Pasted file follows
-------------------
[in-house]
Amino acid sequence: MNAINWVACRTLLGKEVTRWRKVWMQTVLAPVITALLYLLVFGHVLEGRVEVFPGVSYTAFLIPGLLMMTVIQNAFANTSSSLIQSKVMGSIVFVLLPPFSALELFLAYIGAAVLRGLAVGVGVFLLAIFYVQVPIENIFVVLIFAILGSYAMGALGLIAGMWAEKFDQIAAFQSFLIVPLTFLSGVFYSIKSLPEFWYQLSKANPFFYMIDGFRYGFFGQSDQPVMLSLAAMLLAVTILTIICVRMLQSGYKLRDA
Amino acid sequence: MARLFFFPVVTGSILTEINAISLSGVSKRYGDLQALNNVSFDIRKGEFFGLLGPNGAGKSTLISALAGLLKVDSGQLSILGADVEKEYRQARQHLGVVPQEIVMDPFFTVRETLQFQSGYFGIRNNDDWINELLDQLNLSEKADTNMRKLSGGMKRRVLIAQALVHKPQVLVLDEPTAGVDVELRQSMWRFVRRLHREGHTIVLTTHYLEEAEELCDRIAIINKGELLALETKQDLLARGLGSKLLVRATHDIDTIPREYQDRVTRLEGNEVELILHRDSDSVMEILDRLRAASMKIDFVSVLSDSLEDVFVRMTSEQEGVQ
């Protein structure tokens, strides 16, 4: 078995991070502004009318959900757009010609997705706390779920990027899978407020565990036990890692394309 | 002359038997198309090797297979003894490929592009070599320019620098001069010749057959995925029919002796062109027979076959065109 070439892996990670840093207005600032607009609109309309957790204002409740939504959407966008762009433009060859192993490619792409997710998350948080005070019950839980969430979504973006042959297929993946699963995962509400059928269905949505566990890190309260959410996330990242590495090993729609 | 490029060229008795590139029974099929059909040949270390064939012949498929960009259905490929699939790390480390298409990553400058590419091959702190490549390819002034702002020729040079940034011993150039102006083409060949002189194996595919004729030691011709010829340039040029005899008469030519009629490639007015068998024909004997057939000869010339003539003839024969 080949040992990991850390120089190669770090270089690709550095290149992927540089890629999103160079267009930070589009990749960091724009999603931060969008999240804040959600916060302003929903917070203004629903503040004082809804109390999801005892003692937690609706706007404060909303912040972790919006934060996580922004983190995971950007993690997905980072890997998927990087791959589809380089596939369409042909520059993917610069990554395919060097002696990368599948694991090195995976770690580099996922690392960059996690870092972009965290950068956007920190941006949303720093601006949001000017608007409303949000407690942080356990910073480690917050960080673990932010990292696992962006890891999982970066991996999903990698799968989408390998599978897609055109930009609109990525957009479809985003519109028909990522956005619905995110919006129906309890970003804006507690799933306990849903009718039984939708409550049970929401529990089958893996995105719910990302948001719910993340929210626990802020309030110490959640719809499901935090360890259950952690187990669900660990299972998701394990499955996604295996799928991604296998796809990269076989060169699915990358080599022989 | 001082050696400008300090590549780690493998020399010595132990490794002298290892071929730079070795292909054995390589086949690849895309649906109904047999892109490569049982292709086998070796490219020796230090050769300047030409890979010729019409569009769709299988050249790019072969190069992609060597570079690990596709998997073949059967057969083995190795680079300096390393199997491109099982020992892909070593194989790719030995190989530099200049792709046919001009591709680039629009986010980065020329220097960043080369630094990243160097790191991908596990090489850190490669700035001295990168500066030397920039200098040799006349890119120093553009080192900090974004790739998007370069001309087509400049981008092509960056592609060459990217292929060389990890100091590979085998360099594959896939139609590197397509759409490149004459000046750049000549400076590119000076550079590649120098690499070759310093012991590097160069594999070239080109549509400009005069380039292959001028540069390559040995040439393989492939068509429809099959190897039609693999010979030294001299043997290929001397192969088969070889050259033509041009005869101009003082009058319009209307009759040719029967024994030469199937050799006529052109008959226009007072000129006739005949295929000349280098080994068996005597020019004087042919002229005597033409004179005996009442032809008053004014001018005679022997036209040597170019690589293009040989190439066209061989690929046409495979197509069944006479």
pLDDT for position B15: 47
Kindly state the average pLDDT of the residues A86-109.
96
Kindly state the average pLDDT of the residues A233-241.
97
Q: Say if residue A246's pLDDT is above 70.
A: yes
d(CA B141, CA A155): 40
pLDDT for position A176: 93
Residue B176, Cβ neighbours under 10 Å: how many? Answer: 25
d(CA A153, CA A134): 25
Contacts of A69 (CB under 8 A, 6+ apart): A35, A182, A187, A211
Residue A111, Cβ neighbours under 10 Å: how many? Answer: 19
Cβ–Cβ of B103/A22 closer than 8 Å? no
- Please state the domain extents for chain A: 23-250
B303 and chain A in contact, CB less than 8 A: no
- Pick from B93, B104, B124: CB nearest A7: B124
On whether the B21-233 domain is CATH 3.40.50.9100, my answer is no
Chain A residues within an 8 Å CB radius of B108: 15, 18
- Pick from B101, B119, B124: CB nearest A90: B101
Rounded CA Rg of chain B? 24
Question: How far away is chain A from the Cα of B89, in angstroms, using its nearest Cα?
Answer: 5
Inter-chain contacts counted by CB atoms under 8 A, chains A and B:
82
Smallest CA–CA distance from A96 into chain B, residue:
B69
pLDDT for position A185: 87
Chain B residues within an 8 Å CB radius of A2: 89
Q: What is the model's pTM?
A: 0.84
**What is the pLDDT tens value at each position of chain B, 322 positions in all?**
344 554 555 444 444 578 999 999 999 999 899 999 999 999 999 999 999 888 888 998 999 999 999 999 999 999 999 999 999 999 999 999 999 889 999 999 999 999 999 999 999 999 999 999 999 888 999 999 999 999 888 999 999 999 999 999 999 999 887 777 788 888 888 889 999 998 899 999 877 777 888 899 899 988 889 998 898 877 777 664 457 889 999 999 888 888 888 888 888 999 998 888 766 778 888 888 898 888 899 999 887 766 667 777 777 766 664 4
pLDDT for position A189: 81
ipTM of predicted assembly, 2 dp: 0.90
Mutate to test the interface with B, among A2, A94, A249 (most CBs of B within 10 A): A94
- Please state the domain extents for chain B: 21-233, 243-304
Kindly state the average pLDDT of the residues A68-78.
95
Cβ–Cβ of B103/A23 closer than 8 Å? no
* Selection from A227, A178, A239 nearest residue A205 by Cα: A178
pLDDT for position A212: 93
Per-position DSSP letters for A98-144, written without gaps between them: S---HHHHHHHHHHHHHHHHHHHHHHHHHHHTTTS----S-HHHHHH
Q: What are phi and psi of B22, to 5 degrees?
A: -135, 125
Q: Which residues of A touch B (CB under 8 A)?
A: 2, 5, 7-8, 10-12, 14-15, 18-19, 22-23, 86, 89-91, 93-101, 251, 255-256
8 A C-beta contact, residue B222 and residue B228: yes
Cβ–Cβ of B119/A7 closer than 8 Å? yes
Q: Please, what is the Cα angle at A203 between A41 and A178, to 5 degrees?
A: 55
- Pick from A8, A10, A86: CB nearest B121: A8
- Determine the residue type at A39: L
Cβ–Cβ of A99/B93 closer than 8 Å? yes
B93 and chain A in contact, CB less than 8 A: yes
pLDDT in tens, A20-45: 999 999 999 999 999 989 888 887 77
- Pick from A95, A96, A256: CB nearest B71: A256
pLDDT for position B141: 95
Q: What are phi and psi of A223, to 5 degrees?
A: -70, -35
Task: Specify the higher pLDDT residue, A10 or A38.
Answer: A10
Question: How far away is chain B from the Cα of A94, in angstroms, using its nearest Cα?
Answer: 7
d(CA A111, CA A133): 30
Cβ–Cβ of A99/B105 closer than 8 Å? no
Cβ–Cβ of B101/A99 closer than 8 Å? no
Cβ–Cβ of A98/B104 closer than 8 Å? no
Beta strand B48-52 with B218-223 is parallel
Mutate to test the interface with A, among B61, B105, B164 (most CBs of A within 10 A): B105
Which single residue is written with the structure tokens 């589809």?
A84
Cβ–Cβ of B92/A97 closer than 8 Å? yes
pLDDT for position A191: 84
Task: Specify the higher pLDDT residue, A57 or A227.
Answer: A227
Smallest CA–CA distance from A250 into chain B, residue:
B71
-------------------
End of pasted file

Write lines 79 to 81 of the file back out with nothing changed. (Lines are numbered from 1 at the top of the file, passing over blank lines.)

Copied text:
Task: Specify the higher pLDDT residue, A57 or A227.
Answer: A227
Smallest CA–CA distance from A250 into chain B, residue: